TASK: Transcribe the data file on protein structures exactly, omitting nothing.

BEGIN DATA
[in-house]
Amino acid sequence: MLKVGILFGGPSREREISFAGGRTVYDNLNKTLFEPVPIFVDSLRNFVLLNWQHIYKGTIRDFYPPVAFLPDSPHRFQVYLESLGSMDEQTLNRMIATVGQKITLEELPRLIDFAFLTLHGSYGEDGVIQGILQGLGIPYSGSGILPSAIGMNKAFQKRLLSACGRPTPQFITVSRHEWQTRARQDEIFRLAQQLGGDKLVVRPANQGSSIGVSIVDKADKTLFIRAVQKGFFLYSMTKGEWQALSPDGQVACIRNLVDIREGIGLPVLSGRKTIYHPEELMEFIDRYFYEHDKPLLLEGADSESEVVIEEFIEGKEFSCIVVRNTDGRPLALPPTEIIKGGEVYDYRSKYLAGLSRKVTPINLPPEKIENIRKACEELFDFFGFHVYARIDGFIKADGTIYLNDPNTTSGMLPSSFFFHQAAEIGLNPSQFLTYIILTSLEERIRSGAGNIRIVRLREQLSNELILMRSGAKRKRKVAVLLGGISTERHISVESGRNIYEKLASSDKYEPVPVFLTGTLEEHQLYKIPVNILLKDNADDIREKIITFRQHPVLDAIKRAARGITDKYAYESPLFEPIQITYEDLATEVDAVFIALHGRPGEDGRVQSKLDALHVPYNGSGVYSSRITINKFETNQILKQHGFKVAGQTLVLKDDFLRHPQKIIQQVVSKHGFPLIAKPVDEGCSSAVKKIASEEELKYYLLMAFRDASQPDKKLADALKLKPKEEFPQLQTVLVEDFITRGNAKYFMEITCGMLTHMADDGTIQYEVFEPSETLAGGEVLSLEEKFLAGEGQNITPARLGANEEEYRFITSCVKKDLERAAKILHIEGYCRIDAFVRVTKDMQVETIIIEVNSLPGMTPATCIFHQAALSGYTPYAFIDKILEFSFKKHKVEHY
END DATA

[in-house]
Amino acid sequence: MLKVGILFGGPSREREISFAGGRTVYDNLNKTLFEPVPIFVDSLRNFVLLNWQHIYKGTIRDFYPPVAFLPDSPHRFQVYLESLGSMDEQTLNRMIATVGQKITLEELPRLIDFAFLTLHGSYGEDGVIQGILQGLGIPYSGSGILPSAIGMNKAFQKRLLSACGRPTPQFITVSRHEWQTRARQDEIFRLAQQLGGDKLVVRPANQGSSIGVSIVDKADKTLFIRAVQKGFFLYSMTKGEWQALSPDGQVACIRNLVDIREGIGLPVLSGRKTIYHPEELMEFIDRYFYEHDKPLLLEGADSESEVVIEEFIEGKEFSCIVVRNTDGRPLALPPTEIIKGGEVYDYRSKYLAGLSRKVTPINLPPEKIENIRKACEELFDFFGFHVYARIDGFIKADGTIYLNDPNTTSGMLPSSFFFHQAAEIGLNPSQFLTYIILTSLEERIRSGAGNIRIVRLREQLSNELILMRSGAKRKRKVAVLLGGISTERHISVESGRNIYEKLASSDKYEPVPVFLTGTLEEHQLYKIPVNILLKDNADDIREKIITFRQHPVLDAIKRAARGITDKYAYESPLFEPIQITYEDLATEVDAVFIALHGRPGEDGRVQSKLDALHVPYNGSGVYSSRITINKFETNQILKQHGFKVAGQTLVLKDDFLRHPQKIIQQVVSKHGFPLIAKPVDEGCSSAVKKIASEEELKYYLLMAFRDASQPDKKLADALKLKPKEEFPQLQTVLVEDFITRGNAKYFMEITCGMLTHMADDGTIQYEVFEPSETLAGGEVLSLEEKFLAGEGQNITPARLGANEEEYRFITSCVKKDLERAAKILHIEGYCRIDAFVRVTKDMQVETIIIEVNSLPGMTPATCIFHQAALSGYTPYAFIDKILEFSFKKHKVEHY